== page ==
Bicycles you’ve never seen before
Editor’s Note: Who doesn’t love weird bicycles? Weird bicycles are a testament to human ingenuity like our desire to always improve the mousetrap. Below is a work-in-progress collection of some strange but true bicycles, and some bicycles that may change the world. Also, if you haven’t seen the bike that went around the world, read all about it out — it’s famous. I considered my bike like an open invitation to meet people, since so many wanted to see my bike and learn what I was doing.
The red dragon bicycle
In my neighborhood, for $25 dollars anyone can be part of the parade. This guy created a papier mâché dragon that appears to fly down the road.
The couch bicycle
These two guys passed me yesterday. All those years of trying to decide whether I should sit on the couch or travel by bicycle, and to find I could have done both — the irony! What you might not notice — besides the beer in his hand and the stereo playing music — is that the light bulb is working in the lamp!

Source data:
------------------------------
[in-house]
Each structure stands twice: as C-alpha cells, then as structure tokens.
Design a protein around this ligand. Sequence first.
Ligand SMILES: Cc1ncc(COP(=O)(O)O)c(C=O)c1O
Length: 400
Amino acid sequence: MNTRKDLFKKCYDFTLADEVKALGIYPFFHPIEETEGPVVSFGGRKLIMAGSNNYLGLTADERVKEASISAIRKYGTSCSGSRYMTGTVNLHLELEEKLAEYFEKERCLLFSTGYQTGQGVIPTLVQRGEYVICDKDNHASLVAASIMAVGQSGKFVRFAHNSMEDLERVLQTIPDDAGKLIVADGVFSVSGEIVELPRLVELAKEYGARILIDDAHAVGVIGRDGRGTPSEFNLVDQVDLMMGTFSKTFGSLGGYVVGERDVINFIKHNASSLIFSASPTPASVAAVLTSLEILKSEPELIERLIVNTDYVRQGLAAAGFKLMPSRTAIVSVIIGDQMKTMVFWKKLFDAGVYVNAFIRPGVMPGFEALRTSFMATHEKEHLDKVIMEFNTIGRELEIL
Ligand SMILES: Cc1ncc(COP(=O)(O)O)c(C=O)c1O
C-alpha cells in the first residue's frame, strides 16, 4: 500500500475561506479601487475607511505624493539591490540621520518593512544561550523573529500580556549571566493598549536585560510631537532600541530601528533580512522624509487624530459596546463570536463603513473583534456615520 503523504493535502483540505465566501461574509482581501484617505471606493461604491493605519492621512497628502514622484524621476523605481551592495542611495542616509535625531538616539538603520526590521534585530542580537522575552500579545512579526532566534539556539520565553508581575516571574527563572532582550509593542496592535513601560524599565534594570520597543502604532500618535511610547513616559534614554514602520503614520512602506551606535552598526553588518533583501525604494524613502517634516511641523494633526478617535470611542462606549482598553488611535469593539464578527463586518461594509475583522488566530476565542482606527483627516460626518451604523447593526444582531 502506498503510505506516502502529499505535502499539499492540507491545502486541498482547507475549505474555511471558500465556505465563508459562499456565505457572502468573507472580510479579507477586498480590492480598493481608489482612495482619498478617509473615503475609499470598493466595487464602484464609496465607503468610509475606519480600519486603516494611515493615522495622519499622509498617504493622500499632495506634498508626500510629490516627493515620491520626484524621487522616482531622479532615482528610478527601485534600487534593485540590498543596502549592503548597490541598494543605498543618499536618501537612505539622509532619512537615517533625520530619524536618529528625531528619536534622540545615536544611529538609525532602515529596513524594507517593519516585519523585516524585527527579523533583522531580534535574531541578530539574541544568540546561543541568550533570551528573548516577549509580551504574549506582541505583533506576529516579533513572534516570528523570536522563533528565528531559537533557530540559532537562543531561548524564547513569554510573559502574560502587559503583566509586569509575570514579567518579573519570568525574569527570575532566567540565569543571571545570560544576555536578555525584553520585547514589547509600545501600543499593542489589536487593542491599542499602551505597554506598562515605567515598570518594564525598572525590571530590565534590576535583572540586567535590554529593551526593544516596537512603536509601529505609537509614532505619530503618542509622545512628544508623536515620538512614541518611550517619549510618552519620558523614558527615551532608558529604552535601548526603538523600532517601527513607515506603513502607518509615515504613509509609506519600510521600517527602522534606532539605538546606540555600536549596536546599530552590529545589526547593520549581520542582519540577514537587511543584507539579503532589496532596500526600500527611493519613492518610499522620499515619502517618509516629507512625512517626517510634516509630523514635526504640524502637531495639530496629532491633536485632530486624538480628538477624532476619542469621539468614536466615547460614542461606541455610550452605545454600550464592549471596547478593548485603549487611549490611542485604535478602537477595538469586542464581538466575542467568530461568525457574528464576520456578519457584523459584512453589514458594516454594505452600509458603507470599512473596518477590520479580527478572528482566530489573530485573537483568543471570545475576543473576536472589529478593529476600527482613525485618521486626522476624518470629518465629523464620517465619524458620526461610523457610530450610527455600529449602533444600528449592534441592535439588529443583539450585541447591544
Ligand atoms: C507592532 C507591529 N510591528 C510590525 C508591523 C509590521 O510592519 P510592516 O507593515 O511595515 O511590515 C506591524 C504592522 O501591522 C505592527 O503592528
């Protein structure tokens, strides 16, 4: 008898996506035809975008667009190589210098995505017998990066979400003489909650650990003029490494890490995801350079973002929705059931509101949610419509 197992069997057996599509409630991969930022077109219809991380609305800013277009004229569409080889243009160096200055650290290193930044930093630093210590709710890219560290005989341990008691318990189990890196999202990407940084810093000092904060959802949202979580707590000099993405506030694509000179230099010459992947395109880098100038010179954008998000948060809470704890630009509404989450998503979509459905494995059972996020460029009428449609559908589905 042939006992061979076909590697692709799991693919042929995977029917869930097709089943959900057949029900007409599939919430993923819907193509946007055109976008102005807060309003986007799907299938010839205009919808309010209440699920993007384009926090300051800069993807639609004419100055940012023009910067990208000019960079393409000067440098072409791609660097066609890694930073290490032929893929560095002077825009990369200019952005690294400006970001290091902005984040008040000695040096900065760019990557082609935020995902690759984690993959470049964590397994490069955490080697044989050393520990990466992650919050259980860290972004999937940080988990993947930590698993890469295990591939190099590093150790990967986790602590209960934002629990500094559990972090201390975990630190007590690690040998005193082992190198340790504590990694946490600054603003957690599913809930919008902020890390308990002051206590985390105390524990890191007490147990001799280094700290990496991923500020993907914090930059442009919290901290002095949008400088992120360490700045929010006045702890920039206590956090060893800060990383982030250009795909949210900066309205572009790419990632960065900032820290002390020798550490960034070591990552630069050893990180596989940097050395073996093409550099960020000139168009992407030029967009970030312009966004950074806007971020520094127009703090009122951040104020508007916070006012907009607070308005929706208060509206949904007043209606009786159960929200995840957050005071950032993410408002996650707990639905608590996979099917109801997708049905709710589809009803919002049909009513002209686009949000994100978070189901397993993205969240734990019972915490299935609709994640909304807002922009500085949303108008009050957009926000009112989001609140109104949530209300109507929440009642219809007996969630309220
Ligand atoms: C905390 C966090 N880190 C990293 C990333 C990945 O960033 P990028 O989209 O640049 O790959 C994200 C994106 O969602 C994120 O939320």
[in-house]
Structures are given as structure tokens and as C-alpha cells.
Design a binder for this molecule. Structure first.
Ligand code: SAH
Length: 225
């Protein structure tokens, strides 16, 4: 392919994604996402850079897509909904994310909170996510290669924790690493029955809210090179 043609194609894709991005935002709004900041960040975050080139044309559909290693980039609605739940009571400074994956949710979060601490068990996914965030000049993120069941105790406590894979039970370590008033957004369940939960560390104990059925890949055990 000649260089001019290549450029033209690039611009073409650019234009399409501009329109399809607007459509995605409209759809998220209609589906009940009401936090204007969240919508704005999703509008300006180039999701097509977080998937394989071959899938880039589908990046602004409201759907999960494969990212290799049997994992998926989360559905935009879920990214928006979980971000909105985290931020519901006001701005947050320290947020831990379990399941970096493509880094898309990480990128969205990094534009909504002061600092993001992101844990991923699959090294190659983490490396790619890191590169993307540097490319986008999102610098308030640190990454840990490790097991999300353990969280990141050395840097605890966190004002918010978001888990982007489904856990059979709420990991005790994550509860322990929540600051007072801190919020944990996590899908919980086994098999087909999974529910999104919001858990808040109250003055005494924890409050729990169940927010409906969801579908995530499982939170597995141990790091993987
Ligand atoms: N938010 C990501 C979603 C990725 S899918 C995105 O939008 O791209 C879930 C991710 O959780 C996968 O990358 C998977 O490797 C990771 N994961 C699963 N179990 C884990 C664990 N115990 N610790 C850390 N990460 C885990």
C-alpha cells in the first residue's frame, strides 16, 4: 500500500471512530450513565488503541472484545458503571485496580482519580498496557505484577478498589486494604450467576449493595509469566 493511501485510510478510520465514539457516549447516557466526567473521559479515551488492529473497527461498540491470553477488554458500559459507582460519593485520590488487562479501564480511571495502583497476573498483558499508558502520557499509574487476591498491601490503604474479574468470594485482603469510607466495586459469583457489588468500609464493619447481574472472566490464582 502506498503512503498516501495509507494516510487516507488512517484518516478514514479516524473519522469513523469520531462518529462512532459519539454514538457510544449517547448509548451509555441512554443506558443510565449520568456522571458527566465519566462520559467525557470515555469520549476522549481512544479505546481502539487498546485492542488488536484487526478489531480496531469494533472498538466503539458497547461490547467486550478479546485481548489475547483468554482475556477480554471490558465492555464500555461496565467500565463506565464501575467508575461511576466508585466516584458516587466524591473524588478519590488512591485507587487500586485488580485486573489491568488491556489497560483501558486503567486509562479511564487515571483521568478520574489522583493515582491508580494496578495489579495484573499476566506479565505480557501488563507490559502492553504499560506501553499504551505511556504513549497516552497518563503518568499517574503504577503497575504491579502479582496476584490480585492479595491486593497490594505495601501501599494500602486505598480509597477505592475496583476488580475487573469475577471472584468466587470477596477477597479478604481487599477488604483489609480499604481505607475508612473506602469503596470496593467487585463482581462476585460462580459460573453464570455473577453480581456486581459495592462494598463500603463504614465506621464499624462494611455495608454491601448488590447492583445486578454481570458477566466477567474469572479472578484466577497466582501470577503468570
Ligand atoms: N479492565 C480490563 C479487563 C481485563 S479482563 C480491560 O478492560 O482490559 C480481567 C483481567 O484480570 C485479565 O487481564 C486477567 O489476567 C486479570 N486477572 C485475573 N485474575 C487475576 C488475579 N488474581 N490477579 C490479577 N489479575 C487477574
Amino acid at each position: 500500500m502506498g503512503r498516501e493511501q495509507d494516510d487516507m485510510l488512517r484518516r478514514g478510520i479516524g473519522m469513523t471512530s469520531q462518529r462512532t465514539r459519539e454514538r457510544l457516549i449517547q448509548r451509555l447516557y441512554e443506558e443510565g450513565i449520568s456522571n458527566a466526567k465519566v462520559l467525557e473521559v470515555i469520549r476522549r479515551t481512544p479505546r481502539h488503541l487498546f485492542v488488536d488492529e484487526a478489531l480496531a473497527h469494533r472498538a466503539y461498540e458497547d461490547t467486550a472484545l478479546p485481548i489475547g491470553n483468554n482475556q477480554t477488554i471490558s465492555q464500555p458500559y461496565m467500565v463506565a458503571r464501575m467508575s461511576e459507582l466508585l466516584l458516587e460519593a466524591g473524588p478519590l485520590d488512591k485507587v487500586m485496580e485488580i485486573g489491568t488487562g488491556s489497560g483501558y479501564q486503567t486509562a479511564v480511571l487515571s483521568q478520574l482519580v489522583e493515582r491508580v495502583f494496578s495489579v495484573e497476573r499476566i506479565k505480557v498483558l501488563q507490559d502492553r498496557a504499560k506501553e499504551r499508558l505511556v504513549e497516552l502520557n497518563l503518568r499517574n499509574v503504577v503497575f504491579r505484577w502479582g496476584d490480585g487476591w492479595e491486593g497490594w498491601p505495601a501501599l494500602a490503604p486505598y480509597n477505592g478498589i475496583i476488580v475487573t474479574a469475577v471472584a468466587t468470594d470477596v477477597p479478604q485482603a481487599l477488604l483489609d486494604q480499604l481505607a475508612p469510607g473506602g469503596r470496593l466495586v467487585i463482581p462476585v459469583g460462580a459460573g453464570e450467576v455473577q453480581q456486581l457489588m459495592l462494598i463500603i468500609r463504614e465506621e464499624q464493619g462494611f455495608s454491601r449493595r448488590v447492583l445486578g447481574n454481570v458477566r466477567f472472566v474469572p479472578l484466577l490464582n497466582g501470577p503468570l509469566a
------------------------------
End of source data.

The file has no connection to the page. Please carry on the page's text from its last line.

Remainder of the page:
The snow cone maker bicycle
One step closer to a bicycle-powered world.
The bicycle snow cone maker is a great way to work up a thirst and earn your snow cone. Pictured here from Bend, Oregon is a friend of mine on a bicycle-powered ice shaver. I think he wanted to ride the bike more than he wanted a snow cone. If you ride long enough, you could break even on this bicycle machine.
Here is another landmark in bicycle ingenuity — a $20 cardboard bicycle. And if you damage it, it is recyclable.
This really could change the world. Imagine an end to bike theft in big cities and a great form of transportation for people in developing countries.
Cardboard bicycle can change the world, says Israeli inventor. More from Reuters.
Download a 3D-printed Bicycle from the internet!
Here is a bizarre evolution of the bicycle industry. We can now print a 3D bicycle much like we print a photograph. See this video minute 01:45 for the bicycle print out. And someday we may able to just download the bike from the manufacturer’s website and print it out at home, though I wouldn’t try riding that bicycle around the world.